Taipei,Taiwan….wow, quite surprising. We took an 8-hour tour of the city, visiting many of the museums, shrines and monuments with some of the most important Chinese art and historic collections anywhere. Beginning with the 10th Century when Chinese Emperors seized art treasures for their own pleasure, the National Palace Museum holds over 700,000 items, many dating back over 4,000 years. We also visited the Martyrs Shrine, an excellent example of classical Ming Dynasty architecture. The Lungshan Temple, a 250-year-old center for Buddhist and Taoist worship, was quite amazing. All that smoke you see in the photos is from incense sticks that hundreds of worshipers were lighting and using to pray to one or more of their hundred “gods”. Buddhists, Taoists and worshipers of the philosophy of Confucius, which comprise 90 % of the Taiwanese population, were there on this Saturday in abundance. Our guide told us they even worship the fruit of their choice, vegetables, their favorite cookie (bet you didn’t know that Oreos were gods) and even long, flat noodles which they think if they eat them will provide long life and happiness. Pretty foreign practices to Judea-Christian types. The Chiang Kai-shek Memorial, with its octagonal, blue tile roof and pristine white marble walls was impressive but we did not have time to vault the 86 steps up to the top, one for every one of Chiang’s years on earth. We were told that the statue of Chiang at the top looks remarkably like the one of Abraham Lincoln at the Lincoln Memorial in Washington, D.C. Currently the 5th tallest building in the world, the Taipei 101 skyscraper has 101 floors plus a 147-foot spire and is quite spectacular, dwarfing all the buildings surrounding it and dominating the skyline; however, as you can see, the top 50 floors or so were obscured by the clouds the structure rose up to penetrate.
Taiwan is a relatively small island, only about one-third the size of the state of Ohio, but with a 23.3 million population and an amazing per capita income level for an Asian Pacific country. By comparison, the per capita income of $ 38,400.00 annually is higher than that of Japan ($ 35,900.00) and blows away that of mainland China ($ 9,100.00). Some perspective, the per capita income in the U.S. is $ 51,700.00. This is a thriving economy with only 4 % unemployment.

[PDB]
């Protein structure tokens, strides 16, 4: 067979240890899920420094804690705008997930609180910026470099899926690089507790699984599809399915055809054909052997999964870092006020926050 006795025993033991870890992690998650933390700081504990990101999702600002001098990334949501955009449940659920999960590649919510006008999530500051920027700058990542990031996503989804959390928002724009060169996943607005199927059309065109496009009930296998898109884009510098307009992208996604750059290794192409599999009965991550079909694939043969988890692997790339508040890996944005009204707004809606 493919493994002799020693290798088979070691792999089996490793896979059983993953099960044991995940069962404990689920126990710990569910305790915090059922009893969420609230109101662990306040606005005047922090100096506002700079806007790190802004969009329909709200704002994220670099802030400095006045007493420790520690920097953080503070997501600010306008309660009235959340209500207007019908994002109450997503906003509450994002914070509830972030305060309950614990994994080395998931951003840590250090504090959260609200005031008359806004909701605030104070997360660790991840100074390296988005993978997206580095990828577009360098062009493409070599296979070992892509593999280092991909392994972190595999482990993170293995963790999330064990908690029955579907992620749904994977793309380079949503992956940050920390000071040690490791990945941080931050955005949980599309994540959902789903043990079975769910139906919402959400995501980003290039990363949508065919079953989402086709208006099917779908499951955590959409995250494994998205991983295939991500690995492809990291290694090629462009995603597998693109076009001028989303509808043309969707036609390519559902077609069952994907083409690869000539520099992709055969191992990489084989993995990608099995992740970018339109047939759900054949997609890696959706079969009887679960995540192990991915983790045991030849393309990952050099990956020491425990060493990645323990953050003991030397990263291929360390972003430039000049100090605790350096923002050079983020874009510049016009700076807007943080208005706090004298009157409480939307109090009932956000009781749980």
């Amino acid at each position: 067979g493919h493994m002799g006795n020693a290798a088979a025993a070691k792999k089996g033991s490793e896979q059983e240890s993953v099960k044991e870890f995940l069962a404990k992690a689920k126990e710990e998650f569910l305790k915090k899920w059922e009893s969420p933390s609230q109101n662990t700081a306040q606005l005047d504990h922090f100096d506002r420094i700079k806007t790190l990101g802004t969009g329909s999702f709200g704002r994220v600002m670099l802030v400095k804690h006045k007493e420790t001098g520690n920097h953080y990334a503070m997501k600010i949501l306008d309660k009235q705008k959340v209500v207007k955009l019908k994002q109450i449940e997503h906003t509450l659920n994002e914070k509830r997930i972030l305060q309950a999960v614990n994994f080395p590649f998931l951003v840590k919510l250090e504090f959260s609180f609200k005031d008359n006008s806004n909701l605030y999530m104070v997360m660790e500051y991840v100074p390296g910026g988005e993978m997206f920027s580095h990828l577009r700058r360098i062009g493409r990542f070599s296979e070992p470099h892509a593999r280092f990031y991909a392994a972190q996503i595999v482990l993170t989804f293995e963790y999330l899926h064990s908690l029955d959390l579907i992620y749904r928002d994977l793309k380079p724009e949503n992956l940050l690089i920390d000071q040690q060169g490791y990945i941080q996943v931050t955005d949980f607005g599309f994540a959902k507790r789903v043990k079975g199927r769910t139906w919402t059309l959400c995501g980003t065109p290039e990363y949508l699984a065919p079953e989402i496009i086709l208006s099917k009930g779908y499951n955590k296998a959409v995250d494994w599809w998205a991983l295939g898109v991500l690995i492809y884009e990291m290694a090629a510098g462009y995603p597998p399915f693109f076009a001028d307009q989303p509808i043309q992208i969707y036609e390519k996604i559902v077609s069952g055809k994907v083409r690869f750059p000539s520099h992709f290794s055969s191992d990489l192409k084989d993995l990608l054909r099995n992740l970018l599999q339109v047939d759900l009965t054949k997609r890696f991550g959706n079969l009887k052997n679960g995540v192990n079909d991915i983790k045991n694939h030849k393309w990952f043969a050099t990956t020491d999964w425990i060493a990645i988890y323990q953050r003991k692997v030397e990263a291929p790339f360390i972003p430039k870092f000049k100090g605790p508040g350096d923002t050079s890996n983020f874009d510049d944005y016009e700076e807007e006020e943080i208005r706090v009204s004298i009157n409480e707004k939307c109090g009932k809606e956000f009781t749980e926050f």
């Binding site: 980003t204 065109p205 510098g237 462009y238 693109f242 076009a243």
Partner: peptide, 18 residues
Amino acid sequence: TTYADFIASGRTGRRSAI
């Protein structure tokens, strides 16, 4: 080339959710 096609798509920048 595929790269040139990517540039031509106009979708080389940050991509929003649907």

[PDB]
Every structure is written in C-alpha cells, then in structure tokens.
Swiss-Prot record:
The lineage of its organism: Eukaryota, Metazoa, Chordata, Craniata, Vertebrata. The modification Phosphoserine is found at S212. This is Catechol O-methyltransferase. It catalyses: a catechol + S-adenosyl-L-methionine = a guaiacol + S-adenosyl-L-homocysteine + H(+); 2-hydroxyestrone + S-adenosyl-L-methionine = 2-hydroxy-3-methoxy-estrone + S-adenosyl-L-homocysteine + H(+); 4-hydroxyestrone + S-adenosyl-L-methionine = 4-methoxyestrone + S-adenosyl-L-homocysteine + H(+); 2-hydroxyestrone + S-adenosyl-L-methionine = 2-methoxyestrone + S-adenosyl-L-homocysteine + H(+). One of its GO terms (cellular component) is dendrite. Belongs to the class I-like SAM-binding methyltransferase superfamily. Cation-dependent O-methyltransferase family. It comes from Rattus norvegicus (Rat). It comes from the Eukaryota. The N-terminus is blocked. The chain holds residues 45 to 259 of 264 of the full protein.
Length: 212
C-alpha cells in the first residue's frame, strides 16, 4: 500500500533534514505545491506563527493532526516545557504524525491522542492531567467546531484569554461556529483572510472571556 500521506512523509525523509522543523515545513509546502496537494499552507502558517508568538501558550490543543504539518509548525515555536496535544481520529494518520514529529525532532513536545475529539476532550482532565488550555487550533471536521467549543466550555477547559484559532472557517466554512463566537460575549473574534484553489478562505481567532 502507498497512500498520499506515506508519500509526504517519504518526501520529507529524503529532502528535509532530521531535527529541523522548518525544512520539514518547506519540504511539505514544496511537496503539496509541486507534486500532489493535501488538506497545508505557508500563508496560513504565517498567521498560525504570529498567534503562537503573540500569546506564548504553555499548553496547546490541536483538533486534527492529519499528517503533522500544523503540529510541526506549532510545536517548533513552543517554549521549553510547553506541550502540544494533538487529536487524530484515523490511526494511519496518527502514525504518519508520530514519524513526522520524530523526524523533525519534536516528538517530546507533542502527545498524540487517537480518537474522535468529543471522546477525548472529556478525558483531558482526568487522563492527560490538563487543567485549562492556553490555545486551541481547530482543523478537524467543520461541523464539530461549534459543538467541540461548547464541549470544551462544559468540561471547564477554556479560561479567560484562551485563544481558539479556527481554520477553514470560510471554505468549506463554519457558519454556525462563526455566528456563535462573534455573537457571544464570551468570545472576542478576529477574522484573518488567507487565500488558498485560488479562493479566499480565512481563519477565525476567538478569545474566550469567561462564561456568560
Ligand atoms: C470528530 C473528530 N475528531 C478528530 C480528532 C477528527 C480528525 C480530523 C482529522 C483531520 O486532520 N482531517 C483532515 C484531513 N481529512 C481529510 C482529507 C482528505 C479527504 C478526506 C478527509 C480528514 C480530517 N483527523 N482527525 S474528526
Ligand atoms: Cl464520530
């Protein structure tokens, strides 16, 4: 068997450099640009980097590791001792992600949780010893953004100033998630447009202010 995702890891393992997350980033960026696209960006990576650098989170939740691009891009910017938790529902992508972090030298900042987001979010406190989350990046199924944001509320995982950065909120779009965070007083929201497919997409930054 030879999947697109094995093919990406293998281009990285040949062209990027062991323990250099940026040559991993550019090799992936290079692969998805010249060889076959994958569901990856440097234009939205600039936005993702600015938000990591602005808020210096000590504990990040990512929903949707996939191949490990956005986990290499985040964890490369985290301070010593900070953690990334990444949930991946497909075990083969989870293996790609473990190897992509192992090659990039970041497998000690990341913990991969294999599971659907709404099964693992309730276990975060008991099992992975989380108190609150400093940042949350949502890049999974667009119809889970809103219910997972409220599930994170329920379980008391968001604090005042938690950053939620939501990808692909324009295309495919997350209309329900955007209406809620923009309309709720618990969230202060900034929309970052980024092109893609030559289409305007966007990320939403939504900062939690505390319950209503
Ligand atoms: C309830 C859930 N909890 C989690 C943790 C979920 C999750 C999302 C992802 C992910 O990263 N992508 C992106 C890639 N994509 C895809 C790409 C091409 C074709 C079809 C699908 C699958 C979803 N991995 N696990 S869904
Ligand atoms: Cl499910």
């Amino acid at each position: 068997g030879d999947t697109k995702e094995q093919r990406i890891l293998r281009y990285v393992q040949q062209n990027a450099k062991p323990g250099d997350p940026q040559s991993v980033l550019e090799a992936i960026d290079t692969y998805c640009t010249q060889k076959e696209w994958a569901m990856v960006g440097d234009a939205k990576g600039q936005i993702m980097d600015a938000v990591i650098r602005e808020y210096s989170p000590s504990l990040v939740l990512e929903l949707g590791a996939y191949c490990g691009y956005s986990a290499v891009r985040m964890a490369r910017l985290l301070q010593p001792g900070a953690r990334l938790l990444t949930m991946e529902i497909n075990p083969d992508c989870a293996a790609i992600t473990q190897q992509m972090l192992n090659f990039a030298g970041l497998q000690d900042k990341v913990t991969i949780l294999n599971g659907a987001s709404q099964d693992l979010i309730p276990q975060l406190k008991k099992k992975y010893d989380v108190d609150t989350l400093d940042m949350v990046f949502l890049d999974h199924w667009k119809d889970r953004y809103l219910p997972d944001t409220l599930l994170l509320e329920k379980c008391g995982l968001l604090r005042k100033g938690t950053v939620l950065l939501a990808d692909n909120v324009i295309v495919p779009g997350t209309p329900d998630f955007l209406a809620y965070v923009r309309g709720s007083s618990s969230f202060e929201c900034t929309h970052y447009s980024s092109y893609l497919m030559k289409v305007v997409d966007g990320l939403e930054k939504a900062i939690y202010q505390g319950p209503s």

I have always thought the history of this country to be quite interesting. Here is a summary you might find enlightening based on information we have been given on this trip and a lecture we attended on our recent sea day. In the early 17th Century, the island, formally known as Formosa which mean “beautiful isle”, had a small, aboriginal population comprised of mostly dissidents and merchants. Residents were forbade immigration to mainland China. An imperial government was established in the late 17th Century and there were 159 recorded rebellions over the next 200 years. Control of Formosa was ceded to Japan in 1895 and a search was started for “The Best of the West”, a modernization program designed to lift the small nation state from obscurity. The Japanese modeled the political system after Germany’s and the economic system after the British. There was military rule at first but then limited self-rule evolved. Japanese became the official language and they embarked on an aggressive program of road, bridge, harbor development and hospital construction along with a nationwide school system. The native Taiwanese favored the Japanese to Chinese rule and the population grew from 2.5 to 6 million during the 45 years of Japanese rule. By 1945 there were only 50,000 mainland Chinese residents on Taiwan and there was much disruption with those people causing robberies, lootings and violent demonstrations throughout the country.